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RESPs (Registered Education Savings Plans) have become a popular way to save for a beneficiary’s post-secondary education, and like going to school, there’s some learning involved to use them effectively. Here are nine things to know:
What is an RESP?
In short, RESPs are savings plans that allow your contributions to grow tax free. On top of your own contributions, RESPs may be eligible for government grants and bonds that can bolster savings. RESPs are set up for a beneficiary (such as a child or grandchild) and by a subscriber (whoever is contributing money to the plan, oftentimes a parent or grandparent). Joint subscribers may be permitted, as long as they are spouses or common-law partners. Check with your particular plan provider to see if they allow for joint subscribers. Beneficiaries must be Canadian residents with valid social insurance numbers.
What’s the difference between the two types of plans: individual and family?
An individual plan can have only one beneficiary, who doesn’t have to be related to the subscriber. In contrast, a family plan allows the subscriber to name more than one beneficiary, as well as add beneficiaries at any time, provided that they have not reached 21 years of age. Beneficiaries in a family plan must be related to each subscriber by blood or adoption. One benefit of a family plan? The funds in the plan don’t have to be paid equally amongst the beneficiaries, this can be helpful if one beneficiaries doesn’t pursue post-secondary education or if the beneficiaries have different educational costs.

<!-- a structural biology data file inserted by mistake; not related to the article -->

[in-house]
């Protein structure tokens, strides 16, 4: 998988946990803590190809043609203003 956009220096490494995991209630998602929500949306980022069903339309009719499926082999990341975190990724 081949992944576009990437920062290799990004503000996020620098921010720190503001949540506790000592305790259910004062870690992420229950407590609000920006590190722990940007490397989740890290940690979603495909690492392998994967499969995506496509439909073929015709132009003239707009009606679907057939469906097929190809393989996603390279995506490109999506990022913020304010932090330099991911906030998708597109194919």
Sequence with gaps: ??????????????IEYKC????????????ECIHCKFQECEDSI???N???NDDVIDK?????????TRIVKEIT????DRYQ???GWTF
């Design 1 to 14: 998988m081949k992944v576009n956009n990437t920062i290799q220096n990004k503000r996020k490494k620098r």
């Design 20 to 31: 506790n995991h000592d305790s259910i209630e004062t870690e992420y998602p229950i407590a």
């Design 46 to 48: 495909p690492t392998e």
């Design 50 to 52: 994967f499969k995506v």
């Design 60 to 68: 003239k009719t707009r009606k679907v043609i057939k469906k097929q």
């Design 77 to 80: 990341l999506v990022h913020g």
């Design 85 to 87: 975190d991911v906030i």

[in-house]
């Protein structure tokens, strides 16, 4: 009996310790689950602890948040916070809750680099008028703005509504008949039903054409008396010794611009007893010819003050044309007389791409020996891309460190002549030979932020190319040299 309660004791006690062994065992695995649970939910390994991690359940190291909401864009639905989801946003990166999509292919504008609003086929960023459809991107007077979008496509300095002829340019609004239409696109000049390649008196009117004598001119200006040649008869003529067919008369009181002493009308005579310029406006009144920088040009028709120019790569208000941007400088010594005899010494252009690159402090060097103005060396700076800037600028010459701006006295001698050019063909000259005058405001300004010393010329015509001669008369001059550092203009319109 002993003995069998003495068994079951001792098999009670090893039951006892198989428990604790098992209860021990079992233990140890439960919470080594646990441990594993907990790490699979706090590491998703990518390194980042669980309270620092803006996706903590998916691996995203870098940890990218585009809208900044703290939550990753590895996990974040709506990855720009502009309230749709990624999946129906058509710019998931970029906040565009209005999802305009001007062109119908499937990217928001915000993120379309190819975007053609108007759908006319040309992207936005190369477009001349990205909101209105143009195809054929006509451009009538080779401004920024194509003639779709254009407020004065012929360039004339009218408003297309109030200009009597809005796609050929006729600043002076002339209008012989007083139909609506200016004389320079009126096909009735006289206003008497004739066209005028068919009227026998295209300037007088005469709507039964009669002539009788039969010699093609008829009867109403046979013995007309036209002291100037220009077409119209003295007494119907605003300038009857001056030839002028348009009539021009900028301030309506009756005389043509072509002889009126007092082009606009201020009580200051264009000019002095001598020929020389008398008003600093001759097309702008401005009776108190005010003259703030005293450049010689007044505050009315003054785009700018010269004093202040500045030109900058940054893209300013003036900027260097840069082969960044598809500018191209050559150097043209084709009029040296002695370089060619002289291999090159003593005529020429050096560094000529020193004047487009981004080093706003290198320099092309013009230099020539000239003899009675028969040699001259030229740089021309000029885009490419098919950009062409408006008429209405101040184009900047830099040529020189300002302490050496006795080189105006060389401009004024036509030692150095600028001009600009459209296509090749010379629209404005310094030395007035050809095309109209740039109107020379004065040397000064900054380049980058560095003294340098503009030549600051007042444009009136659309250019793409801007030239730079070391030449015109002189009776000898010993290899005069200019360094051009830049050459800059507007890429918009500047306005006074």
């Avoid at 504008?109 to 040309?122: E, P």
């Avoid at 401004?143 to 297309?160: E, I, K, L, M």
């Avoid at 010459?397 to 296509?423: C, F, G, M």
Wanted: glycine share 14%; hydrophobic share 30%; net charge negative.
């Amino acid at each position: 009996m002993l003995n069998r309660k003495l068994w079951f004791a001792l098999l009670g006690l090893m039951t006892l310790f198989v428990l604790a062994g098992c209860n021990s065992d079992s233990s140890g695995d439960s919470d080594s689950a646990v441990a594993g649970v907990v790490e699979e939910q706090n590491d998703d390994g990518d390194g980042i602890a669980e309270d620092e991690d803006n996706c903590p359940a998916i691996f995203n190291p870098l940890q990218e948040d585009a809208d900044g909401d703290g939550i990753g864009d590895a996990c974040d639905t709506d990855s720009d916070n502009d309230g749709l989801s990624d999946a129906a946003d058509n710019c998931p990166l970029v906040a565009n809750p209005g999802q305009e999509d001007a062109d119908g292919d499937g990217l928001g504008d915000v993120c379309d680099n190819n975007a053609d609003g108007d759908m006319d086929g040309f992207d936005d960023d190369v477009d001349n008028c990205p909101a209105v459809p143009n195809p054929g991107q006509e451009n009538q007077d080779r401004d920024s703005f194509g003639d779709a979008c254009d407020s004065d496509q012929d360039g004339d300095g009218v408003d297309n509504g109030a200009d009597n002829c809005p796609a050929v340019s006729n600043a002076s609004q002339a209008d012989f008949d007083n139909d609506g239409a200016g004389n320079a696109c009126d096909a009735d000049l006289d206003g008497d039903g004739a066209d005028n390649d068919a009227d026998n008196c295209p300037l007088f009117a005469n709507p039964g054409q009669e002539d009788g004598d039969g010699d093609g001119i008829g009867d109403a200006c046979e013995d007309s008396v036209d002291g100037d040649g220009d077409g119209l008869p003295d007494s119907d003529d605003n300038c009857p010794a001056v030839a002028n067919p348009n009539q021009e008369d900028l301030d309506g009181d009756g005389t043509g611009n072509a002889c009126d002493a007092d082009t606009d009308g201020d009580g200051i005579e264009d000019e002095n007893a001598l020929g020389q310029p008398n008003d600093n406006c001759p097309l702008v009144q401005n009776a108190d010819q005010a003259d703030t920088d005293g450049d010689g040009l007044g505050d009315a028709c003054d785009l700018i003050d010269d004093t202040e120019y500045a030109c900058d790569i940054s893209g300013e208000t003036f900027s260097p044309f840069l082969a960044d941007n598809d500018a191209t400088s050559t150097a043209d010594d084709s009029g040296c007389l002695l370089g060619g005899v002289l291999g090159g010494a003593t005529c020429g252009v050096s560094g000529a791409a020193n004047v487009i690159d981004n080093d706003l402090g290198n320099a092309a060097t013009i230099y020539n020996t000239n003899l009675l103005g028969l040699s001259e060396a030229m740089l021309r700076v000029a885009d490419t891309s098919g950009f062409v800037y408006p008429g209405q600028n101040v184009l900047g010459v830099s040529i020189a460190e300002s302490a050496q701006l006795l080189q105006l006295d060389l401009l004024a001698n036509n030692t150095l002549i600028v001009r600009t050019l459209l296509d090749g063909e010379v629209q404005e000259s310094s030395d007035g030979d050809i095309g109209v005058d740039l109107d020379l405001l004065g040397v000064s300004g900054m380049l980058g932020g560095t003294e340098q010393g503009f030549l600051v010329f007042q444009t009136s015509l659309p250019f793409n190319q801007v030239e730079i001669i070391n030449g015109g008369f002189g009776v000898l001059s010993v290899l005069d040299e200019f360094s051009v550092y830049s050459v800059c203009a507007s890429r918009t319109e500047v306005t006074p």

How do the government grants work?
The most common grant available is the Canada Educations Savings Grant (CESG), under which the federal government tops up 20 per cent of the subscriber’s annual contribution, up to a maximum of $500 per year. In other words, if you contribute $2,500, the CESG would add another $500 for that year. Children from middle- and low-income families may be eligible for an additional 10 per cent or 20 per cent of the CESG based on the child’s primary caregiver’s income level. The CESG may be available until the end of the year a child turns 17, and has a lifetime limit of $7,200. While the maximum annual grant amount is $500, there’s a carry-forward option that allows you to catch up one missed year at a time, which allows for a total of $1,000 of potential grant money per year. Think of it as “doubling up” on contributions in order to catch up on the missed grant. To apply for the CESG, subscribers must complete a CESG application form (**see additional details below), once approved, deposits are made automatically into the RESP. Of note: It can take up to 8 weeks following a contribution for the grant to be deposited into an RESP account.